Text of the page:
This is a class photo taken in 1964 at Laerskool Piet Retief. It is a private primary school in Piet Retief, a town in Mpumalanga province, South Africa, not far from the Swaziland border. This is an Afrikaans primary school, but the children wear very English-looking blazers as part of their uniform. Mosdt of the children wore ties, but footwear was optional.
We have found iphotographsfrom the Rustenburg primary school during 1924. Schools like this generally did not have names other than that of the town where they were located. The school ould be referred to as the Rustenburg School. Rustenburg was a town about 100 km west of Pretoria. Most children at the time did not progress beyond primary school. The Rustenburg School was a coed school. All the boys wear short pants. Most are barefoot.
The Laerskool Rynfield is an Afrikaans speaking primary school in Benoni, near Johannesburg. The school has a vet English-looking school uniform. The school has a grey blazer with light-blue trim. The summer uniform includes a short-sleeved white shirt worn without a tie and grey short pants. There are bpth grey and light blue sweaters that are optional wear. The grey V-neck sweaters have blue trim. There are sleeveless sweaters for summer and long-sleeved sweaters for the winter. The school has grey kneesocks with a yellow and blue band at the top. Footwear is optional and during the summer most boys come to school barefoot, at least during the summer term.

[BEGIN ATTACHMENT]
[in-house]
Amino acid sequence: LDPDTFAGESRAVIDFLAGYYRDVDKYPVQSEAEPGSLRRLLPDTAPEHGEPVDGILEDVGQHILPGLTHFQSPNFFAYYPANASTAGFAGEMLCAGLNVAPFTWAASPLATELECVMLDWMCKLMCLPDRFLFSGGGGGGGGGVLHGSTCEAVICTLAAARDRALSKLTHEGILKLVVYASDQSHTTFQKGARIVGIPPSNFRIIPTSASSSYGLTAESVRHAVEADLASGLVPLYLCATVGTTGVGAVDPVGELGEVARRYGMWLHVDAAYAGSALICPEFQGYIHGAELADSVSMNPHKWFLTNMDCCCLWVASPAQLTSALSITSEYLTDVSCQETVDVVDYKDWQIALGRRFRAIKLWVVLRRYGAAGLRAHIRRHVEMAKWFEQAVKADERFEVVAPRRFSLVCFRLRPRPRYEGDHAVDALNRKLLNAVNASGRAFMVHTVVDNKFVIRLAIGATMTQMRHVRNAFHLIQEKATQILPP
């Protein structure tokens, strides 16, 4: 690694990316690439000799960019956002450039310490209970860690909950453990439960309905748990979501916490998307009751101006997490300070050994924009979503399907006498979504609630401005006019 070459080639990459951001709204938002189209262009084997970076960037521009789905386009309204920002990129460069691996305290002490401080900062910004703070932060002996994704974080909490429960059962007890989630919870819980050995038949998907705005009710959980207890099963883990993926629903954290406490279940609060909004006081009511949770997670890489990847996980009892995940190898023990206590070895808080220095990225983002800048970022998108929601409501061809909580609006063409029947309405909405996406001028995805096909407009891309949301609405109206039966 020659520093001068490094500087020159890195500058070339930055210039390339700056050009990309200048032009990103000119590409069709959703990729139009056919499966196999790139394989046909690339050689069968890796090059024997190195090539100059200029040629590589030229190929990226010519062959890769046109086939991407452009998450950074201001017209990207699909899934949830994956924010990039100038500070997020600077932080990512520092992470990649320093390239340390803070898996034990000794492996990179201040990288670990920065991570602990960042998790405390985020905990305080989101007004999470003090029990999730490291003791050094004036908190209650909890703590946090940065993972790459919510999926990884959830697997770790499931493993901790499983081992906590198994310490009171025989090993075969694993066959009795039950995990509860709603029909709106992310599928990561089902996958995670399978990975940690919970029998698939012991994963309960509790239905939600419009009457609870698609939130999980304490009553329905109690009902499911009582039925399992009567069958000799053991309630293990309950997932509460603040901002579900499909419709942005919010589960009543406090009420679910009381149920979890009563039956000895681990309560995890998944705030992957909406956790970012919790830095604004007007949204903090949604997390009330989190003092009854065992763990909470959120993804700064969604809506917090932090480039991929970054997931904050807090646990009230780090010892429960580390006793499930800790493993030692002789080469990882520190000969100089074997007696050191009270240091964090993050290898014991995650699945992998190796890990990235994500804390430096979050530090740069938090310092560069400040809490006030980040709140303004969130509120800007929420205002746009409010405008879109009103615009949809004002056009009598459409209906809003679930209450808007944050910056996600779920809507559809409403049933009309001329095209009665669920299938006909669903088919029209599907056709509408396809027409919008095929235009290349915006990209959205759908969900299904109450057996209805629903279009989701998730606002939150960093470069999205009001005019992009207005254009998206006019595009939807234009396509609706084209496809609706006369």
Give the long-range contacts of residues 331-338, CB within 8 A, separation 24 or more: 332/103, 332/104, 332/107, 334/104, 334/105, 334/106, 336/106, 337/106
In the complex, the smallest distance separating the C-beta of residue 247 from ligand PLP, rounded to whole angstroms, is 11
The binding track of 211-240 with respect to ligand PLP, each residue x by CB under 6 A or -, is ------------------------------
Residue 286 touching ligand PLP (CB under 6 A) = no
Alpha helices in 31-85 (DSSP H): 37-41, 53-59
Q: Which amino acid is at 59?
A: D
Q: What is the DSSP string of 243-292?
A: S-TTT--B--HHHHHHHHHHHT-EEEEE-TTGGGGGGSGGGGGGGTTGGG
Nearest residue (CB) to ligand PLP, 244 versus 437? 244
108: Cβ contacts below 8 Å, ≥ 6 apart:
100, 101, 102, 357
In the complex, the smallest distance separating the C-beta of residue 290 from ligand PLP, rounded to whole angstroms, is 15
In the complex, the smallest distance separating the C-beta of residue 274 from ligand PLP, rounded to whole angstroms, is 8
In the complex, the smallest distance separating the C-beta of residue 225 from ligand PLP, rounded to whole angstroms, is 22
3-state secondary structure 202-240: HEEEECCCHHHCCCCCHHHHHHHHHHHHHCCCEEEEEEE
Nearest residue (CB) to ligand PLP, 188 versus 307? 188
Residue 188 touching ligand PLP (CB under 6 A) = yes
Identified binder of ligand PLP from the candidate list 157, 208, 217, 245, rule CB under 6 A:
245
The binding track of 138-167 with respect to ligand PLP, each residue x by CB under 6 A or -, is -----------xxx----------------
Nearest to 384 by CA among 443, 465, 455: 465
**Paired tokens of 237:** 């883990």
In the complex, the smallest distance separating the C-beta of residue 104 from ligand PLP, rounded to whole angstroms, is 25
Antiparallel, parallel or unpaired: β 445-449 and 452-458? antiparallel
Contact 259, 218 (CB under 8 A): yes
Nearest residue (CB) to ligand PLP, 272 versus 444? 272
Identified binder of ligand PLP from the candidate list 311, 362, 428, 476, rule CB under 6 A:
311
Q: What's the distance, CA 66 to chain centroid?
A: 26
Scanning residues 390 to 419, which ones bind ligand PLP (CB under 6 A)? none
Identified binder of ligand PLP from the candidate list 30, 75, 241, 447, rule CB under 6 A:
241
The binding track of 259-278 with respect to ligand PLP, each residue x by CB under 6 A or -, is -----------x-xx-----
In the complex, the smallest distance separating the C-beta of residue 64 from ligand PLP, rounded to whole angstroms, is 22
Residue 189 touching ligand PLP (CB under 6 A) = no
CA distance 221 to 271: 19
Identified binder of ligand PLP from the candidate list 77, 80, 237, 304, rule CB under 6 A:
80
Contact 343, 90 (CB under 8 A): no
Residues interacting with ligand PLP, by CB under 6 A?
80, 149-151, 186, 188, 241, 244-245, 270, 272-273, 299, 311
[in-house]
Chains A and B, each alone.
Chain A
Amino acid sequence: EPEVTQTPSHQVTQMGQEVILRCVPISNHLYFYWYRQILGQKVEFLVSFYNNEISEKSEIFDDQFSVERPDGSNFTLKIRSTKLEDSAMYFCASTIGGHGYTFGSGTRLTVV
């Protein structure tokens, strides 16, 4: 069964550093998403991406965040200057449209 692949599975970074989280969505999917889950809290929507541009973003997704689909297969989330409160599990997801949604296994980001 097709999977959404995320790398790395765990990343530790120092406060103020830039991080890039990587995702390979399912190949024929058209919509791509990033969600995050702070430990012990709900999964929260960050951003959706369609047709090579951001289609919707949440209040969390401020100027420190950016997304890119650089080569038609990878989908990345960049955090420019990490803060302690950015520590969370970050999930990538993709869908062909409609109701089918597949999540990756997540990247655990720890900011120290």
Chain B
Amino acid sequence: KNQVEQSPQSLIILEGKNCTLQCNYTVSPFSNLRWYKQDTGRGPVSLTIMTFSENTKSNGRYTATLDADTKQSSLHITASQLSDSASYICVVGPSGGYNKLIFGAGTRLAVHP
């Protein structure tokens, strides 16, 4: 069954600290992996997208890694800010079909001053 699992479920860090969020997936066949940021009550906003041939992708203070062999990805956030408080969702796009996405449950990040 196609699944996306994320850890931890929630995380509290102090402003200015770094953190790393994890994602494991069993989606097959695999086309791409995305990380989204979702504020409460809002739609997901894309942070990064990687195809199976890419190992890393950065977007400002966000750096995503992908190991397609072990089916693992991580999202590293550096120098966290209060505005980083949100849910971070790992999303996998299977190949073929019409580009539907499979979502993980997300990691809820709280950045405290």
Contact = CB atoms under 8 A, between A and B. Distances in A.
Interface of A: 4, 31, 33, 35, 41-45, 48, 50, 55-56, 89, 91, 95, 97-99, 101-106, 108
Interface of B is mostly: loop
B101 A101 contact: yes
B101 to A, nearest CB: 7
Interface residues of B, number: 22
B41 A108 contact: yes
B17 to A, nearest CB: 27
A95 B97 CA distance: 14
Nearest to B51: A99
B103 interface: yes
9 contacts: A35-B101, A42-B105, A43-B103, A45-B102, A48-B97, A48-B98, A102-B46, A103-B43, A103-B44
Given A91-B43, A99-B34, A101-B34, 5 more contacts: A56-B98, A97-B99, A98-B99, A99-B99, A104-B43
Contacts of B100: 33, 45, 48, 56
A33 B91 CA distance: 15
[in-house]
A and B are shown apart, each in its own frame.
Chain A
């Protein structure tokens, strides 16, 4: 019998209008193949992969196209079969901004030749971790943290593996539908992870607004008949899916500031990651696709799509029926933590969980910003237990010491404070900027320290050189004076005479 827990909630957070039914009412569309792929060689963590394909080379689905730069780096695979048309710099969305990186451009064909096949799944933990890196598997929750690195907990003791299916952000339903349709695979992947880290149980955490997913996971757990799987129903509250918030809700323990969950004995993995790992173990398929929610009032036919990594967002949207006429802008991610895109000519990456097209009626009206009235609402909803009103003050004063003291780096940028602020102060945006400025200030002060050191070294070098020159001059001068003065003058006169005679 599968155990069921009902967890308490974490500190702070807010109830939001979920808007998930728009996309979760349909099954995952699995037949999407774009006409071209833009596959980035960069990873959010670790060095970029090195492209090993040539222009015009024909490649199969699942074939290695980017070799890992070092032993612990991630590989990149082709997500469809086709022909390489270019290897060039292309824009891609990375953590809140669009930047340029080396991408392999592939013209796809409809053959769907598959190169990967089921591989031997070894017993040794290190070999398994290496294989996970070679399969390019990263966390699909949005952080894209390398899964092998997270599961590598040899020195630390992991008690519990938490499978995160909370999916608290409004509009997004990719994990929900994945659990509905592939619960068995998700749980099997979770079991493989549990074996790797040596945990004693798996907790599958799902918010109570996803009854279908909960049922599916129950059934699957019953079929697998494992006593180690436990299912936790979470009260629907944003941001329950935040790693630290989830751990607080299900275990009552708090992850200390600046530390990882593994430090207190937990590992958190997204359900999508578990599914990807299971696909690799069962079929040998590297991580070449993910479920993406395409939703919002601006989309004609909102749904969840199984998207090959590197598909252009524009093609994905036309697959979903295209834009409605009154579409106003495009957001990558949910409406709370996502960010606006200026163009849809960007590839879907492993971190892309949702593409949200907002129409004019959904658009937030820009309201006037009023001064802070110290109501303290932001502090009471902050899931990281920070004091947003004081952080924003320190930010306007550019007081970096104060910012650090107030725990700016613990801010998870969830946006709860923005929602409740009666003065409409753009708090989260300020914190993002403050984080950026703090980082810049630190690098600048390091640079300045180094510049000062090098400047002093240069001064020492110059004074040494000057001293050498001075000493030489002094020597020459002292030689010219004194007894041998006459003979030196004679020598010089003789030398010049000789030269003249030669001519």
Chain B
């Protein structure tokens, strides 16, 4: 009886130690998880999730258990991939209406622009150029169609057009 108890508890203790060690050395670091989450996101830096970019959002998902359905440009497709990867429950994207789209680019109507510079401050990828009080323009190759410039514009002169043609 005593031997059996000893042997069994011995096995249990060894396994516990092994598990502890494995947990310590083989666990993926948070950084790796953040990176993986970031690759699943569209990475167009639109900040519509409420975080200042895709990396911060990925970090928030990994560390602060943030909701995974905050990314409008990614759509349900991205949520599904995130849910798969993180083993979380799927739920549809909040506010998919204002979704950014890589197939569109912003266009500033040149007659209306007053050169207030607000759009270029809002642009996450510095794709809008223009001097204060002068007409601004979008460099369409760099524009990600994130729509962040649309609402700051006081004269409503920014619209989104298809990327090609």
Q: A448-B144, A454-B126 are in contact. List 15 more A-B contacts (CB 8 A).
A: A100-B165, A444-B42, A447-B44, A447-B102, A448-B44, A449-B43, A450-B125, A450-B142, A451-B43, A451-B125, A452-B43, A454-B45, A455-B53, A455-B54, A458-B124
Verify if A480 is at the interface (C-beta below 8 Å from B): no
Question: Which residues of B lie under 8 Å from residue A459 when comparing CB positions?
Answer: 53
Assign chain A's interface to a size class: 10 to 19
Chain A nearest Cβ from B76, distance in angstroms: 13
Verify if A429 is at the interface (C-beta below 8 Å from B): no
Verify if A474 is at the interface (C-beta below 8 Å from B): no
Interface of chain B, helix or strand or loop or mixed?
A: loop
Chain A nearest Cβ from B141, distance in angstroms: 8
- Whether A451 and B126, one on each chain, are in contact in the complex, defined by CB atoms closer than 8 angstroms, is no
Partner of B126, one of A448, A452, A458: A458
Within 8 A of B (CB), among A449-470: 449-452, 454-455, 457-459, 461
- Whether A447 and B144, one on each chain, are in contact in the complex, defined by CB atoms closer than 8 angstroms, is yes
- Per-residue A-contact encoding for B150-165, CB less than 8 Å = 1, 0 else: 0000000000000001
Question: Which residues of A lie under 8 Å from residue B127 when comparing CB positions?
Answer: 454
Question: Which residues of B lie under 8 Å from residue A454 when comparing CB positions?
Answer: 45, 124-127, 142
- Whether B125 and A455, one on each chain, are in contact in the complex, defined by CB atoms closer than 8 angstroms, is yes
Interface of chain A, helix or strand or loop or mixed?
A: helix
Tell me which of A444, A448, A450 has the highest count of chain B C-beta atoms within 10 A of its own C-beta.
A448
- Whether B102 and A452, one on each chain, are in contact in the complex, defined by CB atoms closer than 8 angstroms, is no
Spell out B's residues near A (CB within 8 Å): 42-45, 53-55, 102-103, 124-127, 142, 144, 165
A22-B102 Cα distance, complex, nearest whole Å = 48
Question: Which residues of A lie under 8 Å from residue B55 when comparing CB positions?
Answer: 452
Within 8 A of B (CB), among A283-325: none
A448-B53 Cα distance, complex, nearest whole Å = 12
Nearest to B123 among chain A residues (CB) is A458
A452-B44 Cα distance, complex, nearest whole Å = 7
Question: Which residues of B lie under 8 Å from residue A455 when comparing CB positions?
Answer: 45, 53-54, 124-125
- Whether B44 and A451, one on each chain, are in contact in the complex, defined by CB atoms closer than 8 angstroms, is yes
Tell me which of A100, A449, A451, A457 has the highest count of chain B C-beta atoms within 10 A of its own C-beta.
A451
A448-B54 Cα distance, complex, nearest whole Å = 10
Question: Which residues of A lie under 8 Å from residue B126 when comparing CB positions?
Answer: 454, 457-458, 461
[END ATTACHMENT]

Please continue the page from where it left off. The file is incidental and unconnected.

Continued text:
Lerskool Saamtrek is an Afrikaans-speaking comprehensive primary school. We are not sure what the term 'comprehensive' means in connection with a primary school. The school is located in Wilkoppies, a suburb of Klerksdorp, NW Province, South Africa. The school had a required uniform. A reader has sent a photograph taken during the first school day, on January 13, 2010.
We notice the Scholar Patrol at the Laerskool Silverton in the 1970s. The Patrol boys have added berets and shoulder straps to their school uniform.
We note a family portrait at the Laerskool Voorpos in Pretoria. Two siblings had a snapshot taken with their parents on the first day of school. Unlike someschools, the boys and gierks uniforms are not coordinated. The girl weares a yellow shirt with burganhdy accents and a burgunday skirt along with burgandy socks. The boy wears a basic grey shirt and shorts. We do not know what color socks the boys wore as this boy has chosen to come to school basrefoot. To wear or not to wear shoes at the school was the child's choice.